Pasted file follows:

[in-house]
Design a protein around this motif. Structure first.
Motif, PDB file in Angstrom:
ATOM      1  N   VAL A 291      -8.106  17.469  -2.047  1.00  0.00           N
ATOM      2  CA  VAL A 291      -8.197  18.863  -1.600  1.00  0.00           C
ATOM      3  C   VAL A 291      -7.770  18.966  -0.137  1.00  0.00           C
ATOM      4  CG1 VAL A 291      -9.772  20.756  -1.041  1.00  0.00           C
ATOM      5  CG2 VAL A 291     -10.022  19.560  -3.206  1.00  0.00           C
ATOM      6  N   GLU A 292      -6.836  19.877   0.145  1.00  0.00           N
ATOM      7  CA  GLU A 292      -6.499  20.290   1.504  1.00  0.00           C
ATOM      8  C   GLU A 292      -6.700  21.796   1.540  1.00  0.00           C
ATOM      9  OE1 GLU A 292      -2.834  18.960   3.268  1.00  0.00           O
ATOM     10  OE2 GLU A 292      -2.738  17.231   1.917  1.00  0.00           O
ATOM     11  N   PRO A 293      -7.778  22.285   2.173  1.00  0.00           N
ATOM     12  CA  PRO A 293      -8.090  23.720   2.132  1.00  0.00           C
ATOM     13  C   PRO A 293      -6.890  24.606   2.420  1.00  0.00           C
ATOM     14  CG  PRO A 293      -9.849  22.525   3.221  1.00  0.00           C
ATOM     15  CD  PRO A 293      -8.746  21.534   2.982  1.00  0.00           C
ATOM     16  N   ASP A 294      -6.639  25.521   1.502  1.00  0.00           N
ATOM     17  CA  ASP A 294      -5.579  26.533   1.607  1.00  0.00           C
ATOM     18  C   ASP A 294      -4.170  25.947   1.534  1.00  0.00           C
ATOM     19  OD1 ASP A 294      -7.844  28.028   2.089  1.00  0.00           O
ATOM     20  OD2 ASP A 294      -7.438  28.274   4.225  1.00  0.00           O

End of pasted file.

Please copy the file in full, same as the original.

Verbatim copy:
[in-house]
Design a protein around this motif. Structure first.
Motif, PDB file in Angstrom:
ATOM      1  N   VAL A 291      -8.106  17.469  -2.047  1.00  0.00           N
ATOM      2  CA  VAL A 291      -8.197  18.863  -1.600  1.00  0.00           C
ATOM      3  C   VAL A 291      -7.770  18.966  -0.137  1.00  0.00           C
ATOM      4  CG1 VAL A 291      -9.772  20.756  -1.041  1.00  0.00           C
ATOM      5  CG2 VAL A 291     -10.022  19.560  -3.206  1.00  0.00           C
ATOM      6  N   GLU A 292      -6.836  19.877   0.145  1.00  0.00           N
ATOM      7  CA  GLU A 292      -6.499  20.290   1.504  1.00  0.00           C
ATOM      8  C   GLU A 292      -6.700  21.796   1.540  1.00  0.00           C
ATOM      9  OE1 GLU A 292      -2.834  18.960   3.268  1.00  0.00           O
ATOM     10  OE2 GLU A 292      -2.738  17.231   1.917  1.00  0.00           O
ATOM     11  N   PRO A 293      -7.778  22.285   2.173  1.00  0.00           N
ATOM     12  CA  PRO A 293      -8.090  23.720   2.132  1.00  0.00           C
ATOM     13  C   PRO A 293      -6.890  24.606   2.420  1.00  0.00           C
ATOM     14  CG  PRO A 293      -9.849  22.525   3.221  1.00  0.00           C
ATOM     15  CD  PRO A 293      -8.746  21.534   2.982  1.00  0.00           C
ATOM     16  N   ASP A 294      -6.639  25.521   1.502  1.00  0.00           N
ATOM     17  CA  ASP A 294      -5.579  26.533   1.607  1.00  0.00           C
ATOM     18  C   ASP A 294      -4.170  25.947   1.534  1.00  0.00           C
ATOM     19  OD1 ASP A 294      -7.844  28.028   2.089  1.00  0.00           O
ATOM     20  OD2 ASP A 294      -7.438  28.274   4.225  1.00  0.00           O